ECONOMIC EVALUATION BETWEEN CHEMICAL THINNING VS. HAND THINNING IN 'WILLIAMS' PEAR
Fruit thinning programs are vital to obtain high quality fruit that allows the grower to compete in international markets. In some pear growing areas, chemical thinning practices are less used than in apples. Usually some chemicals applied to apples have less effect in pears, like NAA, or do not have any effect, like carbaryl. However, there are studies that show the efficacy of benzyladenine (BA) as a thinning agent for Williams pears. The objective of this work was to determine the economic viability of BA use as a substitute for hand thinning through Partial Budget Methodology. Data were taken from thinning trials performed on Williams pear trees in two different experimental plots, with a plantation design of 4 m between rows and 1.5 m between plants for the first plot and 4 m between rows and 3 m between plants for the second plot. Trees in full production grafted on seedling rootstock had homogeneous vigor, health, nutritional status, flowering and fruiting. BA was applied at 100 and 150 ppm by spray solutions with a volume of 1500 L/ha in the first plot and 2500 L/ha in the second plot. Volume rates were calculated according to the Tree Row Volume (TRV) methodology. Both plots had an untreated control. In November all the treatments were hand thinned to calculate hand thinning labor cost. At harvest all fruit were classified according to size. Harvest costs and yield per hectare were also determined. Results showed that in the case of the first plot for the 100 ppm treatment, there was a return of 120 U$S due to labor savings in harvesting and hand thinning. Application costs were higher in the second plot than in the first, due to a larger TRV and that implied a negative result.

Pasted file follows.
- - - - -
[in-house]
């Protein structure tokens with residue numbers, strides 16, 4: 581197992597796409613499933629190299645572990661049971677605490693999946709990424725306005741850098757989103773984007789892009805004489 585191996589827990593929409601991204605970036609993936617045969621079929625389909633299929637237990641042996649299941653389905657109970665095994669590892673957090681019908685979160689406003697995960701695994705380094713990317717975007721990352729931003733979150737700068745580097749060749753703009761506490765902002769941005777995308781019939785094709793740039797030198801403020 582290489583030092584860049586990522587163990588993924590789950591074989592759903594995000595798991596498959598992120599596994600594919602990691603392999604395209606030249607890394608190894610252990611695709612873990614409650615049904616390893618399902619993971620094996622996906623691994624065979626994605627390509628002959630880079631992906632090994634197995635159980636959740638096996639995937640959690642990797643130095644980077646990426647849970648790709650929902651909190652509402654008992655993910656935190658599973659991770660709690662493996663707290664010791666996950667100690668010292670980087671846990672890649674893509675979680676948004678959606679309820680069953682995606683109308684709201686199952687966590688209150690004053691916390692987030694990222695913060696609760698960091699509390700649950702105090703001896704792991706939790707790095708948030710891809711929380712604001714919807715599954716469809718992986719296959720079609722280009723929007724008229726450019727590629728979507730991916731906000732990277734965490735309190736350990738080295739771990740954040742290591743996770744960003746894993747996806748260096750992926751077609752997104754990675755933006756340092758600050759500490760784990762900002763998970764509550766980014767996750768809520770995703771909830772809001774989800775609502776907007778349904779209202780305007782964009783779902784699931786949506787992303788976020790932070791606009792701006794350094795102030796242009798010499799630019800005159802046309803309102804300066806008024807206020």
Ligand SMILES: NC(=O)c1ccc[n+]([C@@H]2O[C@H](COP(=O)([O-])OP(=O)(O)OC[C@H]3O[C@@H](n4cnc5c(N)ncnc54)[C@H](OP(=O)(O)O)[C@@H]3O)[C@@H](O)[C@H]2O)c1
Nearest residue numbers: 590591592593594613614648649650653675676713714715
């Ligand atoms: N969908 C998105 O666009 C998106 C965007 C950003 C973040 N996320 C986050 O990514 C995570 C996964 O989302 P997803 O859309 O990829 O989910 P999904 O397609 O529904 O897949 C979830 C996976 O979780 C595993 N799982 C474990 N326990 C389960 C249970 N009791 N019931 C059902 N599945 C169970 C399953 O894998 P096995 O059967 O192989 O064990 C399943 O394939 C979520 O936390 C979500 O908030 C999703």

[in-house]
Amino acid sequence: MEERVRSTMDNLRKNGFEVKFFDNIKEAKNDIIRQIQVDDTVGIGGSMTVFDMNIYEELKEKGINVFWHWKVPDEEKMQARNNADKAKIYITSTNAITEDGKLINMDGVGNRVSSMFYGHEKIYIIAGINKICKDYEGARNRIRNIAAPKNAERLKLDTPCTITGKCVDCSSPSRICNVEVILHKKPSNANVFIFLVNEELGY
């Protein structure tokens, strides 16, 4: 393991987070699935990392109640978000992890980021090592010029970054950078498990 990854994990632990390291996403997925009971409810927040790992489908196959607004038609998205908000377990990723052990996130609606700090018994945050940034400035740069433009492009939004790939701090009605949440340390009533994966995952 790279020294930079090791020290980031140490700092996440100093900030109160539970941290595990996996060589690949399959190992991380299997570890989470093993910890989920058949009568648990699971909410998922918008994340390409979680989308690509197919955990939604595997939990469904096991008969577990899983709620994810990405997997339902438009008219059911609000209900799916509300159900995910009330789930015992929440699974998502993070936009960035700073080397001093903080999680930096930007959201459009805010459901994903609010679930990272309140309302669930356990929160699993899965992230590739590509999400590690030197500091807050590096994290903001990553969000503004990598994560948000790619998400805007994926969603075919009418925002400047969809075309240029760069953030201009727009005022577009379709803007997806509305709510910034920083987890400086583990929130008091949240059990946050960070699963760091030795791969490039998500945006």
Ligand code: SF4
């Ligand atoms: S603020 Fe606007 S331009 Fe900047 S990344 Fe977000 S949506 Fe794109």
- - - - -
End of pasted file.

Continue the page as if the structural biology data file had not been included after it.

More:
López, A., Zon, K., Dussi, M.C., Reeb, P., Giardina, G., Leskovar, M. and Flores, L. (2011). ECONOMIC EVALUATION BETWEEN CHEMICAL THINNING VS. HAND THINNING IN 'WILLIAMS' PEAR. Acta Hortic. 909, 29-37
Pyrus communis, partial budget, benzyladenine